7. Haloperidol and Other First Generation Antipsychotics in Mania

  1. Hagop S. Akiskal2 and
  2. Mauricio Tohen3
  1. John Cookson

Published Online: 13 APR 2011

DOI: 10.1002/9780470975114.ch7

Bipolar Psychopharmacotherapy: Caring for the Patient, Second Edition

Bipolar Psychopharmacotherapy: Caring for the Patient, Second Edition

How to Cite

Cookson, J. (2011) Haloperidol and Other First Generation Antipsychotics in Mania, in Bipolar Psychopharmacotherapy: Caring for the Patient, Second Edition (eds H. S. Akiskal and M. Tohen), John Wiley & Sons, Ltd, Chichester, UK. doi: 10.1002/9780470975114.ch7

Editor Information

  1. 2

    International Mood Center, University of California at San Diego, 9500 Gilman Drive, La Jolla, CA 92093-0603, USA

  2. 3

    Department of Psychiatry, Division of Mood and Anxiety Disorders, University of Texas Health Science Centre at San Antonio, 7730 Floyd Curl Drive, San Antonio, TX 78229, USA

Author Information

  1. The Royal London Hospital, Burdett House, Mile End Hospital, Bancroft Road, London E1 4DG, UK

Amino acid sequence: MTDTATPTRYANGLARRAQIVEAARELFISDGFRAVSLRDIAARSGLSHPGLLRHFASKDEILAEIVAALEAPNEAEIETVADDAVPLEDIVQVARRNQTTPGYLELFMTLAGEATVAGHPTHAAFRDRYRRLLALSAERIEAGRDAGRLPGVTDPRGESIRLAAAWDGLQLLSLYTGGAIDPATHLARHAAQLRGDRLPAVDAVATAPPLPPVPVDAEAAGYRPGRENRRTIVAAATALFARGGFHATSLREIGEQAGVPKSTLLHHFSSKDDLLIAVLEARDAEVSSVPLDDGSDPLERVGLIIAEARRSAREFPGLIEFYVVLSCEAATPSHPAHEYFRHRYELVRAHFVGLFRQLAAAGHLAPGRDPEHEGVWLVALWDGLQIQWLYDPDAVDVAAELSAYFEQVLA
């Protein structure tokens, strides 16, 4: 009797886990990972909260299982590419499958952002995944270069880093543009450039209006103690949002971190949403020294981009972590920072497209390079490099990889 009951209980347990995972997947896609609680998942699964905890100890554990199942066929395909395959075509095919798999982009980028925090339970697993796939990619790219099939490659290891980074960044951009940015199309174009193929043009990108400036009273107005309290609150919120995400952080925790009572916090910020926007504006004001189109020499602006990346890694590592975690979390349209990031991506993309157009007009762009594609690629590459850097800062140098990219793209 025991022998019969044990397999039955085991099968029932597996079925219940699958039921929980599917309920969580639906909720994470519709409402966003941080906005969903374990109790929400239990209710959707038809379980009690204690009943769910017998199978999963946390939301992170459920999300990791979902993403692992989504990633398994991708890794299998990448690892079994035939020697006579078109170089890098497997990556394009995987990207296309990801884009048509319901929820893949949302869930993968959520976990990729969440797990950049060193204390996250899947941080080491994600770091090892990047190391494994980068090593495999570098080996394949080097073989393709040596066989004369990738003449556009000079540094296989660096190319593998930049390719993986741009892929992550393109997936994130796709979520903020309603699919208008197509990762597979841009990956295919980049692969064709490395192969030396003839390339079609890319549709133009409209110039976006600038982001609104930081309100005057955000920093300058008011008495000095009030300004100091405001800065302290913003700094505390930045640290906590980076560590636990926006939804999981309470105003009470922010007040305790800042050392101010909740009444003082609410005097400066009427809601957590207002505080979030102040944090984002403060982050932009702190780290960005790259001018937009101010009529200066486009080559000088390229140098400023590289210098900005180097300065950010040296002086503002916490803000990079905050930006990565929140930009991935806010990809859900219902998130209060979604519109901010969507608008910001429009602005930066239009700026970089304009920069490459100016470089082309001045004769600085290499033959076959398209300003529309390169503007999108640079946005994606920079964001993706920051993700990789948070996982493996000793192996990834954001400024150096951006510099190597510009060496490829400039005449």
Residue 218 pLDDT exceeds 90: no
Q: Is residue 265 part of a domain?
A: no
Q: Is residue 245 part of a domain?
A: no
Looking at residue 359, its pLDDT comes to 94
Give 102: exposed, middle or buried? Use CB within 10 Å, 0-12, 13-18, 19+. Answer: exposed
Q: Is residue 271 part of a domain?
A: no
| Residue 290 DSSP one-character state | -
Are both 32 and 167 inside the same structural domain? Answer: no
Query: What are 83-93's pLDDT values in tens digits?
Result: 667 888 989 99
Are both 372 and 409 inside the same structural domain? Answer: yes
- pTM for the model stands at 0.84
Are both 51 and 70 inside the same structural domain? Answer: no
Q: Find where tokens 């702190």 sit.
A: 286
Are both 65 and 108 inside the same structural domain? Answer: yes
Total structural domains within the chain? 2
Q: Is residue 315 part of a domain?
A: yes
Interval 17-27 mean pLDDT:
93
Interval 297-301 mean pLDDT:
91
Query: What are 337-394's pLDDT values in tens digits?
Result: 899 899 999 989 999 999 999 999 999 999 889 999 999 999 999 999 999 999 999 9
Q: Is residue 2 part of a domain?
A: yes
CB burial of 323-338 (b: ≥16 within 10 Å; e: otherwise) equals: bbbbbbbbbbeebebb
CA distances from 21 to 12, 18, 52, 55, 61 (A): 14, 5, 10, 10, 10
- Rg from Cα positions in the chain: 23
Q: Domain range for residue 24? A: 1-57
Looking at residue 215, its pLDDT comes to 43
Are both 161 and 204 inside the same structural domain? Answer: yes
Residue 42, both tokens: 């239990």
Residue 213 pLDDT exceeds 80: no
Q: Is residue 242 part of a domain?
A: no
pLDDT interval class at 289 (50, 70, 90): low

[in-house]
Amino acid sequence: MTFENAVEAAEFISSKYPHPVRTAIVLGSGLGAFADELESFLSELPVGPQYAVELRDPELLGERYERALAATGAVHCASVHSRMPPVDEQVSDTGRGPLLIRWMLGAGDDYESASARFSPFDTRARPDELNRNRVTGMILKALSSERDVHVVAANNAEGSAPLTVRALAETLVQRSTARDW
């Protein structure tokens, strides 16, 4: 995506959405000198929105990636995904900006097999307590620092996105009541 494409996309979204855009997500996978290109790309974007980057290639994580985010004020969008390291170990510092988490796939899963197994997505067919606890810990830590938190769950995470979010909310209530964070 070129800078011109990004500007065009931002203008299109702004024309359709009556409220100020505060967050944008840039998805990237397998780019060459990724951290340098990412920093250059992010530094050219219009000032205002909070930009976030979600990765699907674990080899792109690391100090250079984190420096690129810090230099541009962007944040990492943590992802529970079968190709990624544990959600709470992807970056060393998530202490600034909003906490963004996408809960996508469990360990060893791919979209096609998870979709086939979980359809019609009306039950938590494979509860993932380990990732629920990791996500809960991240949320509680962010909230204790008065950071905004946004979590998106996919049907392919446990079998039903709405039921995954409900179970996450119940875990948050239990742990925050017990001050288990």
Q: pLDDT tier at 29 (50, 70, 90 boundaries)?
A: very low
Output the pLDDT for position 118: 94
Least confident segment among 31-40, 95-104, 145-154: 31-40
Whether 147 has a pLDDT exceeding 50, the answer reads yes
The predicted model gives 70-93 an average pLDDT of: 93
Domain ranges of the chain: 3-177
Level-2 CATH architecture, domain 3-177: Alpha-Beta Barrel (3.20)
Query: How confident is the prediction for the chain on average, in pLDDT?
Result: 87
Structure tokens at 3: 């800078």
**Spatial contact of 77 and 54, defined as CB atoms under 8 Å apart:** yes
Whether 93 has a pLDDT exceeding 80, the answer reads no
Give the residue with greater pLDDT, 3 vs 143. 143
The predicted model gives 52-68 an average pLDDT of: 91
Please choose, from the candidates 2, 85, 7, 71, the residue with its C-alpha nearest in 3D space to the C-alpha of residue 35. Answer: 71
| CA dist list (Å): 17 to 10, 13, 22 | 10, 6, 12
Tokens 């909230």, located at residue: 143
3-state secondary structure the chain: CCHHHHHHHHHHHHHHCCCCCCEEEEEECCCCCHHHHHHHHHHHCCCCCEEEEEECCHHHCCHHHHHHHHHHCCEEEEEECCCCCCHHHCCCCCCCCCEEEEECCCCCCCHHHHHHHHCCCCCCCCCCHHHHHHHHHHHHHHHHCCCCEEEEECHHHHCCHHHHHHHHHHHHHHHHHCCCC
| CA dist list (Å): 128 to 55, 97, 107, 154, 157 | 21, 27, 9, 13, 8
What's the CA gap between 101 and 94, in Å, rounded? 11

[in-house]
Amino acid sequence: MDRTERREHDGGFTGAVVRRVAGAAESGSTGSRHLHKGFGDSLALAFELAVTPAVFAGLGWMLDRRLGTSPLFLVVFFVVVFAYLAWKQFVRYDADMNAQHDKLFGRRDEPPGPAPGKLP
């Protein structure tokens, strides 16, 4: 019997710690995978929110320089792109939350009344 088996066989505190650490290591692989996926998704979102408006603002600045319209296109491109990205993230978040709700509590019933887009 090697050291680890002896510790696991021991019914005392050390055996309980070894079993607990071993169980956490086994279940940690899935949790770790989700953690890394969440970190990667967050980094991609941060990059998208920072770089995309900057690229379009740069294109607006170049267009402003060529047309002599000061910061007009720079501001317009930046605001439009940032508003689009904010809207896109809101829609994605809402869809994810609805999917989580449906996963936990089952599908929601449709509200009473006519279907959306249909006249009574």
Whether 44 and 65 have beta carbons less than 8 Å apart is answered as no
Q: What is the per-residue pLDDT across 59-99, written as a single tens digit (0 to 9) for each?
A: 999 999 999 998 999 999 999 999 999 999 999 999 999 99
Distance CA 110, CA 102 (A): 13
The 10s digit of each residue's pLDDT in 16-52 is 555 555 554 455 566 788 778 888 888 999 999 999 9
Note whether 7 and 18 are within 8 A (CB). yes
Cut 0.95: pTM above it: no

Publication History

  1. Published Online: 13 APR 2011
  2. Published Print: 15 APR 2011

ISBN Information

Print ISBN: 9780470747216

Online ISBN: 9780470975114

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Keywords:

  • dopamine (DA);
  • Acute Tranquillization in Mania;
  • lorazepam (LZP);
  • Chlorpromazine in Mania;
  • Clinical Global Impression (CGI);
  • Cortisol;
  • Prolactin;
  • Pharmacoeconomics

Summary

For over 50 years, antipsychotics have been the most commonly used drugs for the treatment of mania. Haloperidol has been one of the most widely used. The clinical trials of new generation antipsychotics in mania, sponsored by the pharmaceutical manufacturers, have answered many important questions about bipolar disorder that were unresolved. In particular, they have shown that antipsychotics generally have specific antimanic properties that are independent of sedation or psychosis. The speed of action and size of effect of antipsychotics makes them especially useful for the control of emergent (hypomanic) symptoms and for acute tranquillization in mania. None of the atypicals has proved more effective than haloperidol in reducing manic symptoms, some of them are less so; but all produce fewer extrapyramidal side effects than haloperidol and may therefore be more acceptable to patients. This chapter reviews the evidence concerning the use of first generation antipsychotics in mania.